The federal government’s latest special report on climate change directly contradicts the Trump administration’s policies. Hundreds of pages long, the report outlines the latest science and states that humans are the main cause of planetary warming.

Abhinaba Basu / Wikimedia Commons

If you trek to Mount Rainier National Park every summer to catch the spectacular display of wildflowers, take note: In the future, some flower species may bloom earlier while others could disappear altogether, according to a study from the University of Washington.

Rich Pedroncelli / AP Photo

Washington Gov. Jay Inslee is in Bonn, Germany, this week for the United Nations latest conference on climate change. He’s part of a panel of local leaders talking about sub-national strategies for meeting commitments made in the Paris agreement, even after the U.S. withdrawal.

Spokane could become the next in a growing list of Northwest cities including Seattle, Portland and Bend, Oregon, to commit to a climate change agreement President Trump opted out of this spring.

Elaine Thompson / AP Photo

There will be plenty of sunshine and opportunities for enjoying the outdoors this weekend, especially in and around Seattle. KNKX weather expert Cliff Mass says the city "is known to have the best summer in the United States."

We'll have highs in the upper 70s for Friday and Saturday for the whole region, with no precipitation and hardly any clouds.

If you've ever bought coffee labeled "Uganda" and wondered what life is like in that faraway place where the beans were grown, now's your chance to see how climate change has affected the lives of Ugandan coffee farmers — through their own eyes.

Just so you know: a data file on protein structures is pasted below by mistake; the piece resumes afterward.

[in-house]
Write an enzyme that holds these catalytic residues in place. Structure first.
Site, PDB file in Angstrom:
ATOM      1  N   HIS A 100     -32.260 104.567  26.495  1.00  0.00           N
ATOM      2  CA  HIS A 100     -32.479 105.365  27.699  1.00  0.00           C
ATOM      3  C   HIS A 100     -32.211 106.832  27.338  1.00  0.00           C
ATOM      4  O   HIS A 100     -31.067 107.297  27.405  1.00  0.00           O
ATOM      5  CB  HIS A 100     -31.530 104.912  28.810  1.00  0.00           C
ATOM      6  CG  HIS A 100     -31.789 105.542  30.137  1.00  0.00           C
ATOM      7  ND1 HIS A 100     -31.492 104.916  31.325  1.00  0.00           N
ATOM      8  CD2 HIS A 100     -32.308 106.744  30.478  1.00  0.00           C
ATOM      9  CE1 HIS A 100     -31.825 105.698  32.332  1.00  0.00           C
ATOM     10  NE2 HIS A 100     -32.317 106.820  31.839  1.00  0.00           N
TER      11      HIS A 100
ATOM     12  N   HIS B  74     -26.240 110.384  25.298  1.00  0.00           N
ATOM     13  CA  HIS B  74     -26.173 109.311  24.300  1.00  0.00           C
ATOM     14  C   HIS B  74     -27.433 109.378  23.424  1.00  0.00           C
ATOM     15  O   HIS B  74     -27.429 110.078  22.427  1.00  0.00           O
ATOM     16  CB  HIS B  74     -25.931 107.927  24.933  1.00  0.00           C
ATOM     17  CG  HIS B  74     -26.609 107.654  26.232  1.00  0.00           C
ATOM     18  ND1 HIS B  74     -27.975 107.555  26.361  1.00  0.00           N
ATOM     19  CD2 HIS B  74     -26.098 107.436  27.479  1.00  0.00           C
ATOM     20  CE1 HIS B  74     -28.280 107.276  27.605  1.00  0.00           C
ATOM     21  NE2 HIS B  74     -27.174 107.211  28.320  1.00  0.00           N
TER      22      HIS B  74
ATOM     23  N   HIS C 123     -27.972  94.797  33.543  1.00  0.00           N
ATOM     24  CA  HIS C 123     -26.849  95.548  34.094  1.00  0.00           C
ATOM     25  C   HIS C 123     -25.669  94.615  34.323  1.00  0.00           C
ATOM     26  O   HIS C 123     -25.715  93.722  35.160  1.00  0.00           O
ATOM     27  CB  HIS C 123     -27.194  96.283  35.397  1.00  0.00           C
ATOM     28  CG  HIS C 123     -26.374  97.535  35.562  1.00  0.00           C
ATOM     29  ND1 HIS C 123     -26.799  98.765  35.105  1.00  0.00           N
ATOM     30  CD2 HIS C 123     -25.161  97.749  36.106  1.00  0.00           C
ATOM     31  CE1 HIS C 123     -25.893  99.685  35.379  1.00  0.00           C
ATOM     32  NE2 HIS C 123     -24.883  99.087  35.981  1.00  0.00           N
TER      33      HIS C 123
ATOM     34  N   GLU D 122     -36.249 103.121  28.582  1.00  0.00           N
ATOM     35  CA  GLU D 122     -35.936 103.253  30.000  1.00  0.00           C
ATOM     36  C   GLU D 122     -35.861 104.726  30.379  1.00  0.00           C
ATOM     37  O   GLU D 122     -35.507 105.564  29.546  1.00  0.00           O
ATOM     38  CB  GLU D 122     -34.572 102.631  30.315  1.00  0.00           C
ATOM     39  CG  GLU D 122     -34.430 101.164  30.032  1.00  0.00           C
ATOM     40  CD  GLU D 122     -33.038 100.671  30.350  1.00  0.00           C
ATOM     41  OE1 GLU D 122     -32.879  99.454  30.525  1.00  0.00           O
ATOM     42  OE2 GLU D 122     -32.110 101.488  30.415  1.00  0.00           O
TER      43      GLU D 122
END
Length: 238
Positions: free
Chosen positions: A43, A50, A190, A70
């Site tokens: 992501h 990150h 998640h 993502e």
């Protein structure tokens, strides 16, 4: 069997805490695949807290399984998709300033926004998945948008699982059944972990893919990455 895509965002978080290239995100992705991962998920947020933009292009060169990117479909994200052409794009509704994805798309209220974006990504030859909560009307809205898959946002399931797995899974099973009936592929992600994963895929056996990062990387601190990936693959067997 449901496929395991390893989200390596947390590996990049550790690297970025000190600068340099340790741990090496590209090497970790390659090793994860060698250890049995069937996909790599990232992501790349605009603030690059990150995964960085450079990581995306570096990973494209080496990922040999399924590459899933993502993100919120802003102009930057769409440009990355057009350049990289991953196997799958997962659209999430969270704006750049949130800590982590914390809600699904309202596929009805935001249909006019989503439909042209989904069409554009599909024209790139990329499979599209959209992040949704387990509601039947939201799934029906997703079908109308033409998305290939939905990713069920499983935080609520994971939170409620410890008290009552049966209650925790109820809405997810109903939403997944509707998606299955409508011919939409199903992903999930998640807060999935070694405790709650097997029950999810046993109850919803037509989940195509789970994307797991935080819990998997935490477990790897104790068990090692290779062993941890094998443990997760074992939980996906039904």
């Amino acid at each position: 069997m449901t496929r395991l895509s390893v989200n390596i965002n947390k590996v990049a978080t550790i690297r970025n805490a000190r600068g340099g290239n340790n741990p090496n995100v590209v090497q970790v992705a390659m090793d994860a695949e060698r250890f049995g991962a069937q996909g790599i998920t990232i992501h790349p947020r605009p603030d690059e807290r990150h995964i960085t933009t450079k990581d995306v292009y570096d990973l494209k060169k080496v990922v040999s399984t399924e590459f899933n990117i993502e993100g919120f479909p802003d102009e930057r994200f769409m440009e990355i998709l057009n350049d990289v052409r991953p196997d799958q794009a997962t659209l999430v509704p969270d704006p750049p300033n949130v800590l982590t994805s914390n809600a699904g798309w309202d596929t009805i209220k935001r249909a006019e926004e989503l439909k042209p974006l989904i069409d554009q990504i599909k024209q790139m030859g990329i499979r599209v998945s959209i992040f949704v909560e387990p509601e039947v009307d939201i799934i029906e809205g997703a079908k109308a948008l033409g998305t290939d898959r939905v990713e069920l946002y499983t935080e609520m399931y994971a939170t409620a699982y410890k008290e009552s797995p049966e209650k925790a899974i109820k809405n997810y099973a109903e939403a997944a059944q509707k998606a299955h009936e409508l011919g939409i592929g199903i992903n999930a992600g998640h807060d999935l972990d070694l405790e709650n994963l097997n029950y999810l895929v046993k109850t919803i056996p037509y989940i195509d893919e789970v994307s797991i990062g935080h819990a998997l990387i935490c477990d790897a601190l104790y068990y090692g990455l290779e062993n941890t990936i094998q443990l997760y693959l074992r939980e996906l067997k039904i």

When President Trump announced this week that he was taking the United States out of the Paris climate agreement, there were swift and vocal reactions from many industries --- but most of the organizations that represent American agriculture were silent.

Chris Clayton, though, a veteran reporter at one of the leading farm publications in the country, took to Twitter:

It was eight against one, according to German Chancellor Angela Merkel.

On one side, leaders of Canada, Japan, France, Germany, Italy and the United Kingdom, plus two EU representatives. On the other side, President Trump.

And up for debate, the peril of climate change and the urgency of the U.S. commitment to the Paris accord to reduce greenhouse gas emissions.

Merkel said that everyone at the table at the G-7 summit in Taormina, Italy, was urging Trump to stick with the pact, according to Reuters.